The death rate from cancer declined to 2.4 percent among Americans from 2017 to 2018. That is a record drop according to the American Cancer Society, which just released its latest data.
"In the 27 years of decline in the cancer mortality we have not seen that substantial of a drop," said Rebecca Siegel, cancer epidemiologist, American Cancer Society.
The American Cancer Society's annual report shows more than 3 million deaths have been averted over those 27 years. Siegel says that is because fewer people are smoking, cancers are being detected earlier and treatments have advanced.
But now, there is a new concern when it comes to cancer rates and deaths -- the impact of COVID-19.
"These effects will trickle in," said Siegel. "They won't happen immediately. So we're expecting to experience a secondary impact of the pandemic over the next decade in terms of cancer rates."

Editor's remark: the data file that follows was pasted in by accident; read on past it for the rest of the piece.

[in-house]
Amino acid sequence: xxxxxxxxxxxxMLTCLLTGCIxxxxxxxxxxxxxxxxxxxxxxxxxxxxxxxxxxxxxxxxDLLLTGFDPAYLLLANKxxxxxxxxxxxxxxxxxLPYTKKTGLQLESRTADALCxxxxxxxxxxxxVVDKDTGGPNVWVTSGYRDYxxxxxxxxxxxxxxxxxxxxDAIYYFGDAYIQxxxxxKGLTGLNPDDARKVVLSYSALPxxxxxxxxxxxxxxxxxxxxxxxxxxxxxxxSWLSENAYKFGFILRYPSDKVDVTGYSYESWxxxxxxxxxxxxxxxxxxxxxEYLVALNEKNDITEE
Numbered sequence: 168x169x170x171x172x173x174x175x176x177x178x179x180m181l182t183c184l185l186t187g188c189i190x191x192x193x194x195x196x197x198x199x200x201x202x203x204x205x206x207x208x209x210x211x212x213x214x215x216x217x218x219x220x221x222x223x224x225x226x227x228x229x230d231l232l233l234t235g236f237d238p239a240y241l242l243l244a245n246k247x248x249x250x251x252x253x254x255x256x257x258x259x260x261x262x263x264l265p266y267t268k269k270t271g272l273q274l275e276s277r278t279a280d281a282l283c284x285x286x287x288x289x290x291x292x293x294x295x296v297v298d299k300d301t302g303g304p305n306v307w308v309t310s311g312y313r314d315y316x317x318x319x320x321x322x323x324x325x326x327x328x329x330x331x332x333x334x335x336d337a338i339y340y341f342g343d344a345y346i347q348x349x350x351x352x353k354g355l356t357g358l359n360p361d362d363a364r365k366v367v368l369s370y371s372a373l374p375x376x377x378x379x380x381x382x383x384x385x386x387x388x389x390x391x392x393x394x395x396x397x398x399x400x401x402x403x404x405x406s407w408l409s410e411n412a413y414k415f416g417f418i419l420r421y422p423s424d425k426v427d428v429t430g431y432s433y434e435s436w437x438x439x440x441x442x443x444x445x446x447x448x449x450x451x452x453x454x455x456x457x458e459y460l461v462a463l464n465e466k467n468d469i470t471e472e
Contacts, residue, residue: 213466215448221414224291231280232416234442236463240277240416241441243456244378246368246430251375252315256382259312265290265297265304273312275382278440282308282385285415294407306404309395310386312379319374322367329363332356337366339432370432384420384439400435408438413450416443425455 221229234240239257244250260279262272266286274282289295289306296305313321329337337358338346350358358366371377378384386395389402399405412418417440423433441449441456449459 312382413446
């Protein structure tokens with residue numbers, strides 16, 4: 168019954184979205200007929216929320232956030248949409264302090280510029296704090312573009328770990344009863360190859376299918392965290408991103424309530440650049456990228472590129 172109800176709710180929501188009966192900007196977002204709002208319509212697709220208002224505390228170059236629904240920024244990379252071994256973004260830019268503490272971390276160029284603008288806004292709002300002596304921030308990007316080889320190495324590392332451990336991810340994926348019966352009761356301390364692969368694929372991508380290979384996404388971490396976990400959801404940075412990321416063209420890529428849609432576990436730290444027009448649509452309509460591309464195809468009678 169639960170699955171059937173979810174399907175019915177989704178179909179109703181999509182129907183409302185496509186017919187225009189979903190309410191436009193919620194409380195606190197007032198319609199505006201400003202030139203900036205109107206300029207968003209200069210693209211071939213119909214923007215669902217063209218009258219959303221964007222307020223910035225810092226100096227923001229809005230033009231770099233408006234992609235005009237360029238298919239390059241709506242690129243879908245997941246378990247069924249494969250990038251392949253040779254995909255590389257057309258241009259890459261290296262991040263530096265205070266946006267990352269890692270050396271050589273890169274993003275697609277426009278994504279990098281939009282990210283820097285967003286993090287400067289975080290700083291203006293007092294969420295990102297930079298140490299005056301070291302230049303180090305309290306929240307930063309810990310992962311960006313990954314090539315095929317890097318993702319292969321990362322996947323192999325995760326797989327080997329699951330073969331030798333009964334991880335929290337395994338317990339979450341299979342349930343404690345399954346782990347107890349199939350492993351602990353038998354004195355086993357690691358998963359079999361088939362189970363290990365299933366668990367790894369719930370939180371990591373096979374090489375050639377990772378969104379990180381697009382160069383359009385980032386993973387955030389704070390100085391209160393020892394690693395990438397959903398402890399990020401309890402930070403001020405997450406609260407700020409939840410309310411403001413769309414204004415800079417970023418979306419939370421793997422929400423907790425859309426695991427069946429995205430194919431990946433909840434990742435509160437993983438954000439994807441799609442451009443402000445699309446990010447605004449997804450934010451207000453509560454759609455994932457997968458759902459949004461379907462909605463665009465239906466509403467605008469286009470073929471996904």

Highlighting the need for continued cancer screenings despite the pandemic. Even though cancer death rates are down, there is still work to be done.
"For example lung cancer, there's still a lot of opportunity because even though we're making progress right now, lung cancer still causes more deaths than breast, prostate and colorectal cancers combined and more than 80-percent of those deaths are related to smoking."
The report also projects nearly 1.9 million new cancer cases in the United States this year and more than 608,000 American deaths.